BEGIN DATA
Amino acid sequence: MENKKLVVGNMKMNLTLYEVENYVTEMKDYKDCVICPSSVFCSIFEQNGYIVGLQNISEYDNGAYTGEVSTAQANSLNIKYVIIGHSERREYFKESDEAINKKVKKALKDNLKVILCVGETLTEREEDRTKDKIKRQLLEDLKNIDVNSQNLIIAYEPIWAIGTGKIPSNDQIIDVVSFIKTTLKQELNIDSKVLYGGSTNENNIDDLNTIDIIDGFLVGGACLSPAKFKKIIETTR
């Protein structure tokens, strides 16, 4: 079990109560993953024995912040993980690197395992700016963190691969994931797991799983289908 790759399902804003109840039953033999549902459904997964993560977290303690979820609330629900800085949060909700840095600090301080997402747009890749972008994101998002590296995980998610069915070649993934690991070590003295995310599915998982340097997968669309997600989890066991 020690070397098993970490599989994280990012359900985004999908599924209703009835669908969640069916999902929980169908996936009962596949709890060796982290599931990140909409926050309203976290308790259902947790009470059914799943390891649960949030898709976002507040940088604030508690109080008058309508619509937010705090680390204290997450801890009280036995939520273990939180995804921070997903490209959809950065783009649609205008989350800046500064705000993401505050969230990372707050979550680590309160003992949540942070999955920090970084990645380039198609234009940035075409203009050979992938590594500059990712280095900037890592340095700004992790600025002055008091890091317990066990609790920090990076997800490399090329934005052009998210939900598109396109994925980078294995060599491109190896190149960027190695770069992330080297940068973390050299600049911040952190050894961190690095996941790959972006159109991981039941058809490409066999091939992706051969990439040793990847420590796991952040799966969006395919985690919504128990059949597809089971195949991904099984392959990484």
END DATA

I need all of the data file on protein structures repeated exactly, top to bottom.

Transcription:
Amino acid sequence: MENKKLVVGNMKMNLTLYEVENYVTEMKDYKDCVICPSSVFCSIFEQNGYIVGLQNISEYDNGAYTGEVSTAQANSLNIKYVIIGHSERREYFKESDEAINKKVKKALKDNLKVILCVGETLTEREEDRTKDKIKRQLLEDLKNIDVNSQNLIIAYEPIWAIGTGKIPSNDQIIDVVSFIKTTLKQELNIDSKVLYGGSTNENNIDDLNTIDIIDGFLVGGACLSPAKFKKIIETTR
């Protein structure tokens, strides 16, 4: 079990109560993953024995912040993980690197395992700016963190691969994931797991799983289908 790759399902804003109840039953033999549902459904997964993560977290303690979820609330629900800085949060909700840095600090301080997402747009890749972008994101998002590296995980998610069915070649993934690991070590003295995310599915998982340097997968669309997600989890066991 020690070397098993970490599989994280990012359900985004999908599924209703009835669908969640069916999902929980169908996936009962596949709890060796982290599931990140909409926050309203976290308790259902947790009470059914799943390891649960949030898709976002507040940088604030508690109080008058309508619509937010705090680390204290997450801890009280036995939520273990939180995804921070997903490209959809950065783009649609205008989350800046500064705000993401505050969230990372707050979550680590309160003992949540942070999955920090970084990645380039198609234009940035075409203009050979992938590594500059990712280095900037890592340095700004992790600025002055008091890091317990066990609790920090990076997800490399090329934005052009998210939900598109396109994925980078294995060599491109190896190149960027190695770069992330080297940068973390050299600049911040952190050894961190690095996941790959972006159109991981039941058809490409066999091939992706051969990439040793990847420590796991952040799966969006395919985690919504128990059949597809089971195949991904099984392959990484």